None of these clues from the past fully reveals the scope of Mieko and Yasuko’s present designs on Yasuko’s lovers—or the role in which the women will cast Harume. When Ibuki begins to visit Yasuko on a nightly basis, rendezvousing with her in the Western-style backhouse where she does her scholarly research, the stage is set for the women to play a “bed-trick”—a hallmark of Eastern and Western literary traditions alike in which women change bedrooms during the night. By the novel’s end, the characters will find themselves in a configuration that neither Ibuki nor Mikame could have imagined when they began to pursue Yasuko.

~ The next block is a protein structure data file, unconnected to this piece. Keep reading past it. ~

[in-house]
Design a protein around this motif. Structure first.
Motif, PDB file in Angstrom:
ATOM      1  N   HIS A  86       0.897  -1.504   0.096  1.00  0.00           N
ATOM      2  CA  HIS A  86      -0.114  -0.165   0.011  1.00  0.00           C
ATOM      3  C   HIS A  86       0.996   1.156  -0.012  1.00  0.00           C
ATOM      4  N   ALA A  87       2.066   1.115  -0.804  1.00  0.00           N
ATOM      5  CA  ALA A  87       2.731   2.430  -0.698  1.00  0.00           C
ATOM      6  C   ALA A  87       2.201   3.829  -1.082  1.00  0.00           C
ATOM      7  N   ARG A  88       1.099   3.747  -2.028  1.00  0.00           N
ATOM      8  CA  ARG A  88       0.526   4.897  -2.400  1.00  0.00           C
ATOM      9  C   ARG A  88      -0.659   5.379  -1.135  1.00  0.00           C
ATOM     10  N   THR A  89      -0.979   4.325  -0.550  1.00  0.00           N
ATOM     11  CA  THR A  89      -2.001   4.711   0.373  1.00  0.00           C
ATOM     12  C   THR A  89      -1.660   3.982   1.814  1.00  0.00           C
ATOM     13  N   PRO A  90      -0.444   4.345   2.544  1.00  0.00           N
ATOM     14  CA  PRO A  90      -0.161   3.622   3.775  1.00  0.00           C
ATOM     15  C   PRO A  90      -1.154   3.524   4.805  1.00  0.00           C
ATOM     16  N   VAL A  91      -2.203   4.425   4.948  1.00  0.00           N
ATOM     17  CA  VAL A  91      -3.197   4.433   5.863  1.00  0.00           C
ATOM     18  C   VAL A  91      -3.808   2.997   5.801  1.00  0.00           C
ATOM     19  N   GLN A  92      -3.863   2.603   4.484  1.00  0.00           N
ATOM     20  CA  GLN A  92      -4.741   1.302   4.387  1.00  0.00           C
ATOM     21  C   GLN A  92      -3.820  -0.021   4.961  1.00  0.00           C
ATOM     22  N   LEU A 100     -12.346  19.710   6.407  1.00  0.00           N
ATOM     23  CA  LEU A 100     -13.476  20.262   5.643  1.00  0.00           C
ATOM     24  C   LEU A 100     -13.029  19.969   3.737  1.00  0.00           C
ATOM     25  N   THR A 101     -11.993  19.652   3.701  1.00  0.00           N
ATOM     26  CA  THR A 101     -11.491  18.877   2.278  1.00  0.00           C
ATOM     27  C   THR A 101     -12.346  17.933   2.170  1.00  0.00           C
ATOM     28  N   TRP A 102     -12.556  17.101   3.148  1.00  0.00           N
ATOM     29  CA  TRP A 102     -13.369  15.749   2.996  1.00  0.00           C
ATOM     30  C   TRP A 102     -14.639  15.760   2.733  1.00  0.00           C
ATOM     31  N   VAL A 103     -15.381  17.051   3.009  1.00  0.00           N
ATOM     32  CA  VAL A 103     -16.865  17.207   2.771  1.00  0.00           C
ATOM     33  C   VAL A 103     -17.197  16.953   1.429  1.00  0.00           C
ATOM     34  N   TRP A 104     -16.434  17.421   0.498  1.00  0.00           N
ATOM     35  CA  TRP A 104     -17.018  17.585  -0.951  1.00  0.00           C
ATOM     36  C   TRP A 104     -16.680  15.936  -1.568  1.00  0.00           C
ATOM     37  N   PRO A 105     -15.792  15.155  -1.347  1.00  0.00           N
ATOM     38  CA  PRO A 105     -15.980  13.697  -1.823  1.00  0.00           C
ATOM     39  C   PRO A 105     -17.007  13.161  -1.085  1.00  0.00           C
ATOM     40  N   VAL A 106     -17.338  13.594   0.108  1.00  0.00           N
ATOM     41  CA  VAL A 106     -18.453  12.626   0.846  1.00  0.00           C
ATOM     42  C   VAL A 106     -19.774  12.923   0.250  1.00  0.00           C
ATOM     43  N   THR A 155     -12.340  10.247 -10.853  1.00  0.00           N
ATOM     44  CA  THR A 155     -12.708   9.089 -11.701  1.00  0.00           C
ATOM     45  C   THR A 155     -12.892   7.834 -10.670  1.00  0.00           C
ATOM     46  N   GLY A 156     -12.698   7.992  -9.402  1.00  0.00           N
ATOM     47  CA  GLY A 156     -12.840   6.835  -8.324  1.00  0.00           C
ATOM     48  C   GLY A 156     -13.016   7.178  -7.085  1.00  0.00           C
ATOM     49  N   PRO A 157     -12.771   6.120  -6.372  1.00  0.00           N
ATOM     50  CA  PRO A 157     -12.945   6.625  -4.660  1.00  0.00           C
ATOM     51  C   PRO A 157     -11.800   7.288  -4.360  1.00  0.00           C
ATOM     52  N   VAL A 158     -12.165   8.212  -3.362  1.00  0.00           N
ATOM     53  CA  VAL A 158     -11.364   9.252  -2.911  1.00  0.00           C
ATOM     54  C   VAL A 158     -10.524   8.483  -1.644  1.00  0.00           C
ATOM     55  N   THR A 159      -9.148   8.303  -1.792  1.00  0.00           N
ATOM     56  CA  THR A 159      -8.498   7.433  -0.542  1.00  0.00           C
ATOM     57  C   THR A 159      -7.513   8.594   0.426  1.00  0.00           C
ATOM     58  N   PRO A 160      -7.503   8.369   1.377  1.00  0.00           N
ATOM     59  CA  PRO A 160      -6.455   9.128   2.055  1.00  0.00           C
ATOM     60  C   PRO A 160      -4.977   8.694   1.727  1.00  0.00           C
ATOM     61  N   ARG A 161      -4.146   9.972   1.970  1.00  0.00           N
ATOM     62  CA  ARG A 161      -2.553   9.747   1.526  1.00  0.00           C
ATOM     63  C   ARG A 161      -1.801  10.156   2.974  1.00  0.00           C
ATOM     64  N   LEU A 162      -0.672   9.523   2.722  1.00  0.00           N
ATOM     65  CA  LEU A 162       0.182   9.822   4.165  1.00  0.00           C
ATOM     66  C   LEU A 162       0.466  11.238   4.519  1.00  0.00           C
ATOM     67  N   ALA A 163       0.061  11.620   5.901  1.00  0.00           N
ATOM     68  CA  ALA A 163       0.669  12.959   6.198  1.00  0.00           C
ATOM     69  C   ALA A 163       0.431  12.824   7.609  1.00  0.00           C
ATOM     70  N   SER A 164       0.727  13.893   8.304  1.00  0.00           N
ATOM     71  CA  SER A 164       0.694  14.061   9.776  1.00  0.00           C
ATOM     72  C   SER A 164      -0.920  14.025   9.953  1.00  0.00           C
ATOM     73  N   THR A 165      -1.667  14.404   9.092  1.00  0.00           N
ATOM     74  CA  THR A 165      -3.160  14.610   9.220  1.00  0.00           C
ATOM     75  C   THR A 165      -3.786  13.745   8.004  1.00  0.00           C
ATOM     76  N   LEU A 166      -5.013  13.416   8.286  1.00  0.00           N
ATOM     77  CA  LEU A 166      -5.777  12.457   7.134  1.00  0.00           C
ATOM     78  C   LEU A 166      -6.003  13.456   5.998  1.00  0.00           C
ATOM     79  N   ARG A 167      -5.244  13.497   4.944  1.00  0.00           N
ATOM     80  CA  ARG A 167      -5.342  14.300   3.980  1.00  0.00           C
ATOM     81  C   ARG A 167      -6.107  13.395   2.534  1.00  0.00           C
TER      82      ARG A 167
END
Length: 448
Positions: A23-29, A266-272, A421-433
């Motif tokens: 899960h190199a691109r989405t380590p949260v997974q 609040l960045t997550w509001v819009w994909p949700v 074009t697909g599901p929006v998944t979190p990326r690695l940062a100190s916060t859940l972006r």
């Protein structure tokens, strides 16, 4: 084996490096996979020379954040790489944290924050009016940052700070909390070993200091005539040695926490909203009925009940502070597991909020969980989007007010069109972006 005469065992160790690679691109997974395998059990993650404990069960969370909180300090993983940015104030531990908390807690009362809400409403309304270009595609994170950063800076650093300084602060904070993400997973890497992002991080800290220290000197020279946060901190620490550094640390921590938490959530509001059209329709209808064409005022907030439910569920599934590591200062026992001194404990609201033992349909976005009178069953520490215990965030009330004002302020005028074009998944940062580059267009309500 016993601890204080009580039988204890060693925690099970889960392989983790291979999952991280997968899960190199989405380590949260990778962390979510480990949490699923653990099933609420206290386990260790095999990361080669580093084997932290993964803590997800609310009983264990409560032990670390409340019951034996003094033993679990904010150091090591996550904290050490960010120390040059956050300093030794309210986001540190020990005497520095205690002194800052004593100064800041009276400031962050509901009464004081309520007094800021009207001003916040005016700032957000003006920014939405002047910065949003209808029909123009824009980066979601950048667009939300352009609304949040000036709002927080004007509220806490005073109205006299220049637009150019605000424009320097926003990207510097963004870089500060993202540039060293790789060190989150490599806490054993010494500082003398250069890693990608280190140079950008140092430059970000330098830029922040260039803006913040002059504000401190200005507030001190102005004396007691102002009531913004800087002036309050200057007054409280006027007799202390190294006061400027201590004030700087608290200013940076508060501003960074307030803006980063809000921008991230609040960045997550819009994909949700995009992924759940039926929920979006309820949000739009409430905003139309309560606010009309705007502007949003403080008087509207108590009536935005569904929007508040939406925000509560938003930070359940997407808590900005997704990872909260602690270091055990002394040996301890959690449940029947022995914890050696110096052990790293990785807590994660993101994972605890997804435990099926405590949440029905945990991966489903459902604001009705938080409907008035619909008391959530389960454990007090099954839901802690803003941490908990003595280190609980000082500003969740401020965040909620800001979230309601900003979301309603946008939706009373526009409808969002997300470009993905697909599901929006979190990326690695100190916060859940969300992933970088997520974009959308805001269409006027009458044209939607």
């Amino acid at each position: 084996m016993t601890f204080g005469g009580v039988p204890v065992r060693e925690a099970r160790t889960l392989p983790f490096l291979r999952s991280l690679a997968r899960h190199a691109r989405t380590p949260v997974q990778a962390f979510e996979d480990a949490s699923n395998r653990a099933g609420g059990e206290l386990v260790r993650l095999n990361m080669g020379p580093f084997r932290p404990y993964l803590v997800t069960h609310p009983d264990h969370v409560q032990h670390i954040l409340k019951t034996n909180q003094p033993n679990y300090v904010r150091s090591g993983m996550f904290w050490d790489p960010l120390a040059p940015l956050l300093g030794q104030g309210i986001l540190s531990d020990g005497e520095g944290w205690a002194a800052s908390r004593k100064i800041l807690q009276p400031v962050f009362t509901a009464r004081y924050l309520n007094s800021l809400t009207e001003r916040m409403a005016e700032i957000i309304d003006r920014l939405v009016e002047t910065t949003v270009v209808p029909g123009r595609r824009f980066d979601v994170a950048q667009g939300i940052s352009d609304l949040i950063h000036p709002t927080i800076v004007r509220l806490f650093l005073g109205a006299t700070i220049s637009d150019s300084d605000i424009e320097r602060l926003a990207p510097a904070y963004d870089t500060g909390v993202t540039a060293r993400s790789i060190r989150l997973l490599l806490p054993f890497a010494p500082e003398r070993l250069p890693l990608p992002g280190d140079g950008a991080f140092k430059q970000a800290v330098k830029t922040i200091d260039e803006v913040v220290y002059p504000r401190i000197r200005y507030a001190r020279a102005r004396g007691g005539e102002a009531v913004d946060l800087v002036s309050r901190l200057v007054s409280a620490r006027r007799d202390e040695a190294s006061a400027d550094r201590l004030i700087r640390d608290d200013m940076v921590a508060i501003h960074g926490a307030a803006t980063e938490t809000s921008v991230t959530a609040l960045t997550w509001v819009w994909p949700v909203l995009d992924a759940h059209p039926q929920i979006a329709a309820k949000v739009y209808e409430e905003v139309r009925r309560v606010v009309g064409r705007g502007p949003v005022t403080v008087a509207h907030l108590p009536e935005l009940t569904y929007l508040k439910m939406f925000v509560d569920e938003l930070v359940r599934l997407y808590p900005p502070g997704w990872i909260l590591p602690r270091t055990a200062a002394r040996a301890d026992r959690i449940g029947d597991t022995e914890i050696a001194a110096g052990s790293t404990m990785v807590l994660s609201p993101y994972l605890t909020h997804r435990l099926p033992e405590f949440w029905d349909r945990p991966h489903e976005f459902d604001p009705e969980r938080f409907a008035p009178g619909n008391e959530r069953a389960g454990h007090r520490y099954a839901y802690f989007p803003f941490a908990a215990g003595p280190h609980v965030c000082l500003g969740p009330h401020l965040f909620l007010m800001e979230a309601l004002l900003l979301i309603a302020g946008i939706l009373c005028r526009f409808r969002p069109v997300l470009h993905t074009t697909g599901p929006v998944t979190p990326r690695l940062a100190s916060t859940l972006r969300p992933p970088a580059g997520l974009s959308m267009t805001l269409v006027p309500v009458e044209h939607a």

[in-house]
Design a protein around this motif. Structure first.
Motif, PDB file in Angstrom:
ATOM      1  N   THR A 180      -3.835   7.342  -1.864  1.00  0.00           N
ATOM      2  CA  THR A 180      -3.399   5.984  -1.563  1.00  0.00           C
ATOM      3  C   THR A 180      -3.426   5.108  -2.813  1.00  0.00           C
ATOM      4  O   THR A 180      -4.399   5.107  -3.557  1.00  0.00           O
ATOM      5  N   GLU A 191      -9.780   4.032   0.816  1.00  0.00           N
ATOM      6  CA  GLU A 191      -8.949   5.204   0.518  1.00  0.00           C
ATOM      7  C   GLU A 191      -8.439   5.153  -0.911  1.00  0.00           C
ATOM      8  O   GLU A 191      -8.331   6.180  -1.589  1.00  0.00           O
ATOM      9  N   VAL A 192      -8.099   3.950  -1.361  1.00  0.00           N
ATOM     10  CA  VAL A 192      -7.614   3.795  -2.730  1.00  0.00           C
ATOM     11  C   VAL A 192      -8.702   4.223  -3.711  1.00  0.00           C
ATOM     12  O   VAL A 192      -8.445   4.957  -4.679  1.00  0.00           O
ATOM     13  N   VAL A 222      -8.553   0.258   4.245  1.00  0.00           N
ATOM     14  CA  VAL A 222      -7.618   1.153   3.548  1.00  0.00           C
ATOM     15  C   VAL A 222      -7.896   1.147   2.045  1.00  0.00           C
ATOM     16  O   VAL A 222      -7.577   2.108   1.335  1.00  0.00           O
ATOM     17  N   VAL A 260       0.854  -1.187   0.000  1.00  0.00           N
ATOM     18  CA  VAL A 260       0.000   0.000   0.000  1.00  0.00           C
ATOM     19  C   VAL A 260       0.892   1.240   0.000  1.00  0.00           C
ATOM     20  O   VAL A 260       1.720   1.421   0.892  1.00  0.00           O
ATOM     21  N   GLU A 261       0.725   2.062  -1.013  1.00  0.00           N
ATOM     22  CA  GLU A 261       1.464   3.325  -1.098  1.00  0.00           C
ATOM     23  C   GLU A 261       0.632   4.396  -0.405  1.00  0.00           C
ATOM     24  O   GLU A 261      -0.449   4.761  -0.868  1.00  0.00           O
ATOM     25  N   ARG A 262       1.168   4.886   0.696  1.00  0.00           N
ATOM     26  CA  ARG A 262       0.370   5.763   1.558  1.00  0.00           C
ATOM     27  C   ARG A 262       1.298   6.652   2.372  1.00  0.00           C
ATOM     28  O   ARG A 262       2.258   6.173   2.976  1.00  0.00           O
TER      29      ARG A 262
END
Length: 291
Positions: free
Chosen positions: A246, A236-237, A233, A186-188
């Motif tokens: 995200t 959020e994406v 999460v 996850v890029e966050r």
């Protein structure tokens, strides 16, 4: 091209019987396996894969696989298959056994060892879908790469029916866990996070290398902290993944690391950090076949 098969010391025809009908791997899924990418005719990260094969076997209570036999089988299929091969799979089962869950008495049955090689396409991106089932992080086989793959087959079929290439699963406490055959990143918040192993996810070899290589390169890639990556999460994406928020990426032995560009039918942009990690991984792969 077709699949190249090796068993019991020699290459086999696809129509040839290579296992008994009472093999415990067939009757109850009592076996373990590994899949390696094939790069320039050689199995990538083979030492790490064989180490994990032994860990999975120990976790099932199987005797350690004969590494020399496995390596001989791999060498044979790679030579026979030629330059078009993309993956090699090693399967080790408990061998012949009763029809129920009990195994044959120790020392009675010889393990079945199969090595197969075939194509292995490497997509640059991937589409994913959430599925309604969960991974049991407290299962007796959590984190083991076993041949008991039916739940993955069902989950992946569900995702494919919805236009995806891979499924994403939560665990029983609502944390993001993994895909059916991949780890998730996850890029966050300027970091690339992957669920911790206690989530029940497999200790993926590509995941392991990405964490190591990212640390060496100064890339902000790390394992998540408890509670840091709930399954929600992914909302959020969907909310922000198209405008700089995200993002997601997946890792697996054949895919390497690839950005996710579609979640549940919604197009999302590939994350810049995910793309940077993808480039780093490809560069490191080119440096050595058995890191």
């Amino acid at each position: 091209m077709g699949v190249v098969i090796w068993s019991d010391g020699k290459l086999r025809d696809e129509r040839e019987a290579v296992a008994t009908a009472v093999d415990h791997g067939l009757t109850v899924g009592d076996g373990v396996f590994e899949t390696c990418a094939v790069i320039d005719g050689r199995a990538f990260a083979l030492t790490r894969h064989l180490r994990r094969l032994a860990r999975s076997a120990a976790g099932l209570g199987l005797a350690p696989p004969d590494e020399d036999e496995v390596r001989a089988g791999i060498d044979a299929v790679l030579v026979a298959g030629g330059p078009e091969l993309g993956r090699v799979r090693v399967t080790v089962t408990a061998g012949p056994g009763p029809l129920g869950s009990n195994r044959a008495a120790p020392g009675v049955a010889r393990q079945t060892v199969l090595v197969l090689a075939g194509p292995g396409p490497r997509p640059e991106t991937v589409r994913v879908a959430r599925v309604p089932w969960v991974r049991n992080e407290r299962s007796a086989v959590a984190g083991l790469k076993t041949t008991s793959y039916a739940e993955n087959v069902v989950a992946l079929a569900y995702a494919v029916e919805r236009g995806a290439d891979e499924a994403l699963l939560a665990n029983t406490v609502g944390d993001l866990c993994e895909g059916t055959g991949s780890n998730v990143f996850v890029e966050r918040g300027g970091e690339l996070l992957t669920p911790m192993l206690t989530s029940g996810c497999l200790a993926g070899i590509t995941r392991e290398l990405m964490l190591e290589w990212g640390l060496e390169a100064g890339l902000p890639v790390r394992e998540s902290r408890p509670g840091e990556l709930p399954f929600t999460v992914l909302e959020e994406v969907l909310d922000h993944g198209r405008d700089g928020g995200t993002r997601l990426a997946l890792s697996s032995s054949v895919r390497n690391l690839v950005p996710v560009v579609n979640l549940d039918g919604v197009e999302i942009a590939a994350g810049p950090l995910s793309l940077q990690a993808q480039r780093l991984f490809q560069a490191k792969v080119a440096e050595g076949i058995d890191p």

Enchi, a scholar of classical Japanese literature who translated and edited a 10-volume modern Japanese edition of The Tale of Genji, is eminently qualified to write a novel couched in Japanese literary traditions. Her father was a Japanese linguist and her grandmother a patron of Kabuki theater. Growing up in this highly cultured household, Enchi absorbed the conventions of Japanese art and literature that she so deftly works into her fiction. Yet she also read deeply in the Western literary canon and studied English and French. Enchi began her career writing plays, but in the 1930s became a novelist. The works she wrote after World War II, such as The Waiting Years (1949), address women’s struggles with the roles into which society would cast them. Enchi’s combination of Eastern and Western erudition and of dramatic and novelistic conventions informs her own work and makes Masks speak to universal archetypes and concerns.